The most recent episode of SNL, which aired on May 8, was already high on people's radar for booking Elon Musk as the host. The show's decision caused controversy, with several cast members speaking out about the Tesla CEO's debut on the long-running series.
Adding more fuel to the fire? Many social media users expressed their outrage with a sketch that aired on Saturday, featuring Elon, Kate McKinnon, Bowen Yang, Heidi Gardner, Ego Nwodim, Melissa Villaseñor and Mikey Day.
The segment, titled "Gen Z Hospital," highlighted popular slang such as "bestie," "no cap," "go off, king," "sis" and other vernacular. However, many online found the sketch to be offensive and a form of cultural appropriation for using African American Vernacular English (AAVE).
"Love the relabelling of AAVE and a few assorted BLACK LGBTQ+ phrases as 'Gen z' speak," one Twitter user wrote. "Love to see the erasure in real time."
Another Twitter user shared, "i hate how aave has been reduced to gen z / stan twitter language because those who have any knowledge about anything watch this and just feel gross about this subtle mockery of black people."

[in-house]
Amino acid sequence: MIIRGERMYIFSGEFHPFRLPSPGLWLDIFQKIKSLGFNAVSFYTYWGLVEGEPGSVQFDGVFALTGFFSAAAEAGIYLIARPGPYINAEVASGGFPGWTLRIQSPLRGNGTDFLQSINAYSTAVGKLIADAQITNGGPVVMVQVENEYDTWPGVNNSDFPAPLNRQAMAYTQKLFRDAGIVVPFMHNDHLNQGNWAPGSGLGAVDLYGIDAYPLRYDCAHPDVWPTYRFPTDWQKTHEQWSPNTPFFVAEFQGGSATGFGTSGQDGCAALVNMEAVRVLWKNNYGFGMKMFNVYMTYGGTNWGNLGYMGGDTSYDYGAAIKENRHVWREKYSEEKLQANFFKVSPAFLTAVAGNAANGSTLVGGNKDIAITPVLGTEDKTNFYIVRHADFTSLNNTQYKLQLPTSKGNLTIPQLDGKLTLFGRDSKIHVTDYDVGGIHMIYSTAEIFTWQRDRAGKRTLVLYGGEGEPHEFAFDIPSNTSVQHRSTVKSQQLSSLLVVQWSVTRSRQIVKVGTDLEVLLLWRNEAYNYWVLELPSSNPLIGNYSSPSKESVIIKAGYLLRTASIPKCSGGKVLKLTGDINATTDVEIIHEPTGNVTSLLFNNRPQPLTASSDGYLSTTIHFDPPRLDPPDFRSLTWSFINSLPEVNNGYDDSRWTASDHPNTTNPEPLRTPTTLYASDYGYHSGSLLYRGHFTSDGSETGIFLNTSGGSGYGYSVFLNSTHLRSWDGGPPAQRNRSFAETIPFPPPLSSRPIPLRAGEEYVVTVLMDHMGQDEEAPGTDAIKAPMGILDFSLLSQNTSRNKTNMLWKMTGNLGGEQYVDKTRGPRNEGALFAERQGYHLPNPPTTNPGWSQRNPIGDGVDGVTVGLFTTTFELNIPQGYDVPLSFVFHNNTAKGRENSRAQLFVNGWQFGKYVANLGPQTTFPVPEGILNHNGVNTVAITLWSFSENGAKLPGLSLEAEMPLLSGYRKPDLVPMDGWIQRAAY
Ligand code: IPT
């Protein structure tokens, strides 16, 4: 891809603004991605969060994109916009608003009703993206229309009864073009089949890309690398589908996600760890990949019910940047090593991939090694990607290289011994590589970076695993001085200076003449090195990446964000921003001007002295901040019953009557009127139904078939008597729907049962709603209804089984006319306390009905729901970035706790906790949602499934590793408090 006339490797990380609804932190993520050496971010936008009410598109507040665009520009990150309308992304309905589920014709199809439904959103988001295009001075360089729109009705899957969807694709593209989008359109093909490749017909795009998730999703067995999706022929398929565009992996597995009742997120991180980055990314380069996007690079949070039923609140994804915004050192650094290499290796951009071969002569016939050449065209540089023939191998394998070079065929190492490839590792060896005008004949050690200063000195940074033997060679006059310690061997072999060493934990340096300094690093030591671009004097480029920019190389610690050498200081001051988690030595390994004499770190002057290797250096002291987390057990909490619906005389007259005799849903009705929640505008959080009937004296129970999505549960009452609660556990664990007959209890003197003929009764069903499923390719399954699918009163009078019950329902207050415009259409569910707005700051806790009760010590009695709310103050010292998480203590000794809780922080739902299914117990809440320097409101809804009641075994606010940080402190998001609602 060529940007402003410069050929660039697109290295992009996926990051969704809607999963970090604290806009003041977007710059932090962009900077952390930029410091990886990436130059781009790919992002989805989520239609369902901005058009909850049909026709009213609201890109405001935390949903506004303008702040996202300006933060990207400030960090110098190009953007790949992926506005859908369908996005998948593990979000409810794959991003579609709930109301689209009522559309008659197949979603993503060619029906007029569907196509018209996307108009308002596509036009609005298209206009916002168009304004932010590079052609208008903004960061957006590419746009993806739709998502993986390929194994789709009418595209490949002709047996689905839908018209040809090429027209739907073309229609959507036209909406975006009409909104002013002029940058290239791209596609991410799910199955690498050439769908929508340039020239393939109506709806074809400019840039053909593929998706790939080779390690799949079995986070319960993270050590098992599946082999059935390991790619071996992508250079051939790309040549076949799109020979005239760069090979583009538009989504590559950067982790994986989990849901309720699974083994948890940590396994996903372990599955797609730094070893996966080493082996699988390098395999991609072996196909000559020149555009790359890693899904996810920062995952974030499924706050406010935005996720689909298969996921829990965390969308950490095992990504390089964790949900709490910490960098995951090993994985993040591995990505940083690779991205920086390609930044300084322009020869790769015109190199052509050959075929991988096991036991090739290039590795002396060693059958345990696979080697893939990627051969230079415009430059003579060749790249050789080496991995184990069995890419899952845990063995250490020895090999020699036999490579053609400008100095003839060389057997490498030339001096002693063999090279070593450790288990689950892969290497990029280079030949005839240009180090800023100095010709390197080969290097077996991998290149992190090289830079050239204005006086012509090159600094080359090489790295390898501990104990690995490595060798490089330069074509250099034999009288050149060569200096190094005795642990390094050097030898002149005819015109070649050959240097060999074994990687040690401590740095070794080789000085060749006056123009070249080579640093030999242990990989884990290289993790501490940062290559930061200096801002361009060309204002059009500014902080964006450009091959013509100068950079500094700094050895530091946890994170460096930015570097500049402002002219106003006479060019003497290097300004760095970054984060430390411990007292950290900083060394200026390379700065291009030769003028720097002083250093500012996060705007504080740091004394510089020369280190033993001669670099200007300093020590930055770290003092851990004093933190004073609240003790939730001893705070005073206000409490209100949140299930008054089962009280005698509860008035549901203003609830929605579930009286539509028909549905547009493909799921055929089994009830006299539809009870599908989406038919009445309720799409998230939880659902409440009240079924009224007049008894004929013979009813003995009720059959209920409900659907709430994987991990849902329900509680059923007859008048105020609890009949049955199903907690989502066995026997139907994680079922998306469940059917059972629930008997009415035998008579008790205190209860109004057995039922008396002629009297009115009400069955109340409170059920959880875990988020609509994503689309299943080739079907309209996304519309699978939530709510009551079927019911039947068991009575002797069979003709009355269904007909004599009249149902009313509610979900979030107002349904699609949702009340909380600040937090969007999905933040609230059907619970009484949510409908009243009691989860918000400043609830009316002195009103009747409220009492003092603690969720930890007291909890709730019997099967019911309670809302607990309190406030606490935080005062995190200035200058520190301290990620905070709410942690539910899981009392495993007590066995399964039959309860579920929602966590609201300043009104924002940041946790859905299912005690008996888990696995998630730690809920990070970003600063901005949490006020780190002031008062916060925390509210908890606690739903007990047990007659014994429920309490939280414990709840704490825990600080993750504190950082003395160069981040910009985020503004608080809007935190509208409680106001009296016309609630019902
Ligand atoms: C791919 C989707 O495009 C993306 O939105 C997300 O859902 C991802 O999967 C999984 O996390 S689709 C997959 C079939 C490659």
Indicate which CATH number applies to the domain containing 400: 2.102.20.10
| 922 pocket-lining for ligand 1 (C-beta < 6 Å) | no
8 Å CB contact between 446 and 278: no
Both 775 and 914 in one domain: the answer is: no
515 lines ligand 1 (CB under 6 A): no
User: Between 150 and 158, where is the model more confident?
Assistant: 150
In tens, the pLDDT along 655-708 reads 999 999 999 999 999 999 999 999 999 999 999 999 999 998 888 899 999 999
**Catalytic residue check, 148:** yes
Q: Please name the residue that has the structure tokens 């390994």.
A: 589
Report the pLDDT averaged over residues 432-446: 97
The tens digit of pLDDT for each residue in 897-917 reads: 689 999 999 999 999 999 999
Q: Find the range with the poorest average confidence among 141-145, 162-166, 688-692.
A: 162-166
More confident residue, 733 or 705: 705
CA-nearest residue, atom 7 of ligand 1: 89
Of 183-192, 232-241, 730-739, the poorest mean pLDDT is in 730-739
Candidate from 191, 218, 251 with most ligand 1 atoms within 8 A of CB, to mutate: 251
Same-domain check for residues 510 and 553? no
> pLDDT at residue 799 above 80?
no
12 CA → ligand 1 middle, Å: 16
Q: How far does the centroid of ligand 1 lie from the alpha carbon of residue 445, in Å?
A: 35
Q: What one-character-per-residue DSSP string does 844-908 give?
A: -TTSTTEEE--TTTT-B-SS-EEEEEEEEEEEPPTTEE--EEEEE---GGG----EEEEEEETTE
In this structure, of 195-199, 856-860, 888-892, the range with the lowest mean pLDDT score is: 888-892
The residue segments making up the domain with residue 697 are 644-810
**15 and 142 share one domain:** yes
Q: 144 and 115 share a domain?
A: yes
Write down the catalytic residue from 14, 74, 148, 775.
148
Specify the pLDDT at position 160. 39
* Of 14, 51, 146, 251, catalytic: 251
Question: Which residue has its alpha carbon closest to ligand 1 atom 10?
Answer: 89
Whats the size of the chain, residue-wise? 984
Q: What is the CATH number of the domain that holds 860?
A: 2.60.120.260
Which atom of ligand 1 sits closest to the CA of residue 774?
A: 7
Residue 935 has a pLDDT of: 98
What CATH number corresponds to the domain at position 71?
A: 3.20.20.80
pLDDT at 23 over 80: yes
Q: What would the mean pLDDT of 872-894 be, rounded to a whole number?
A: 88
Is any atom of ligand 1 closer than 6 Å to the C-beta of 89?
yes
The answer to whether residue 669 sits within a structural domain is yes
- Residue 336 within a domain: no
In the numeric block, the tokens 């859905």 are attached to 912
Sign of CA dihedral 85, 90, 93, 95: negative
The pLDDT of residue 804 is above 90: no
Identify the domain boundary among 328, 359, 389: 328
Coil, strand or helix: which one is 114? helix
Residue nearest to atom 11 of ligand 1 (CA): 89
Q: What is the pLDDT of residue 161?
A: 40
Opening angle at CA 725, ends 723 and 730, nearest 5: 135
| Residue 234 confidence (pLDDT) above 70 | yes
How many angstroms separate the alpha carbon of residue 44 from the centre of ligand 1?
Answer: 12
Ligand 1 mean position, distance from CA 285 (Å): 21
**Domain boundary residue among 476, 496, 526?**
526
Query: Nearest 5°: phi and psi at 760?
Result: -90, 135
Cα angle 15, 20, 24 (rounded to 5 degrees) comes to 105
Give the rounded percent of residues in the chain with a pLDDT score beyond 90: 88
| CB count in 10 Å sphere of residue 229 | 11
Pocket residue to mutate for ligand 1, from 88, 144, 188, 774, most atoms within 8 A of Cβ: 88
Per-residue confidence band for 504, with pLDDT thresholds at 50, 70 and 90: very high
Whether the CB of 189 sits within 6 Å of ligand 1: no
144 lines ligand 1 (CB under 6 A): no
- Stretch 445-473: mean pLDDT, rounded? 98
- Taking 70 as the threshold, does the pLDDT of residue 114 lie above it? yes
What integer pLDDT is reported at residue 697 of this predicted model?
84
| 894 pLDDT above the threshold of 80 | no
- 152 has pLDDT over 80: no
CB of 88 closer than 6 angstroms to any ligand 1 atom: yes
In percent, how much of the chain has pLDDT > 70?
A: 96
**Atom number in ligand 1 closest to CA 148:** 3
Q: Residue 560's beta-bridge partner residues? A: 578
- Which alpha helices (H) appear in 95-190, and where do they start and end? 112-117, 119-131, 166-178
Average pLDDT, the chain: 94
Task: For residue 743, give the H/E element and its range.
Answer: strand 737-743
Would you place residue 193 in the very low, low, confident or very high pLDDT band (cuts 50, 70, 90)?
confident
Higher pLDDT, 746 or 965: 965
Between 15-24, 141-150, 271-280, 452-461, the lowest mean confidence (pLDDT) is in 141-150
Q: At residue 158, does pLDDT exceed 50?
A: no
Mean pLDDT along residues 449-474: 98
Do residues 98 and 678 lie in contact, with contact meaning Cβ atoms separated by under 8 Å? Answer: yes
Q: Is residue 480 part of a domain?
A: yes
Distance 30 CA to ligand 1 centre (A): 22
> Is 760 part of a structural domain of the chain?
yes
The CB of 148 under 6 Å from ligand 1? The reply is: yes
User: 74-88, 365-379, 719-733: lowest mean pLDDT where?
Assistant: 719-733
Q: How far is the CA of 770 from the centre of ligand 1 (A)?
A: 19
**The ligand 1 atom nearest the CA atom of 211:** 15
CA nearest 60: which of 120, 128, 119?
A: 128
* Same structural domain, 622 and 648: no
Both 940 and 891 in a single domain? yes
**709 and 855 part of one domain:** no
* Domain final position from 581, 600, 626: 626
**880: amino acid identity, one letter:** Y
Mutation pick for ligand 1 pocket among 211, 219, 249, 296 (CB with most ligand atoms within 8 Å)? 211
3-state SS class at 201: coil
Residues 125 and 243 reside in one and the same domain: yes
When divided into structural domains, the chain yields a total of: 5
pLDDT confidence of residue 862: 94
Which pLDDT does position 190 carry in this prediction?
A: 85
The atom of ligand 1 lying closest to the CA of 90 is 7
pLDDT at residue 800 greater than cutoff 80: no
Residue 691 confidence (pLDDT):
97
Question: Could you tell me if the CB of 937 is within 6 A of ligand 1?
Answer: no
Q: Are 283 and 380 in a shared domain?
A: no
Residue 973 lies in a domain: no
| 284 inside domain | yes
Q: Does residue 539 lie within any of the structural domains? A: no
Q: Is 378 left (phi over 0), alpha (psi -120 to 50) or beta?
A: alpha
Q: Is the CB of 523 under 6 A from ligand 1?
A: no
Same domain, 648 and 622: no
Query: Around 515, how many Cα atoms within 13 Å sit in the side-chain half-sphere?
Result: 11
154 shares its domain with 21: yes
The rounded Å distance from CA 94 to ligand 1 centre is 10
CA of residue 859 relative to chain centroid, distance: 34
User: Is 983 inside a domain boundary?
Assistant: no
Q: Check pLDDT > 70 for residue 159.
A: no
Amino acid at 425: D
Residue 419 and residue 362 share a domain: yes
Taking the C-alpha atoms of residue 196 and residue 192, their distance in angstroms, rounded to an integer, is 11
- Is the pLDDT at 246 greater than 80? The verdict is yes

"the appropriation of AAVE by white people is gross, the mislabeling of AAVE as a 'Gen Z phenomenon' is also gross," someone else weighed in, "but on top of that, the SNL skit reads like they just pulled a list of terms from UrbanDictionary and sprinkled them in, not caring that AAVE has a defined grammar!"
Others simply didn't find the skit funny, with one person adding, "SNL's gen z hospital sketch might just be the worst thing I have ever witnessed. unbearable levels of cringe."
Following the criticism of the sketch, Michael Che issued a statement on Monday, May 10. The comedian revealed he wrote the skit, noting he "was stunned" by the response.
"I've been reading about how my 'gen z' sketch was misappropriating AAVE," he shared on Instagram, later admitting that he didn't know what the term meant before. "I had to look it up. Turns out it's an acronym for 'African American Vernacular English.' You know, AAVE! That ol' saying that actual Black people use in conversation all the time..."
"Look the sketch bombed," he continued. "I'm used to that. I meant no offense to the 'AAVE' community. I love AAVE. AAVE to the moon."
The Weekend Update co-host captioned his post, "if i could stop one person from calling everybody bro and bestie, im happy with that."
At this time, Michael is the only SNL star to speak out. The cast members who participated in the skit, as well as Elon, haven't publicly commented on the criticism. SNL has yet to publicly address the backlash either.
(E! and NBC are both part of the NBCUniversal family.)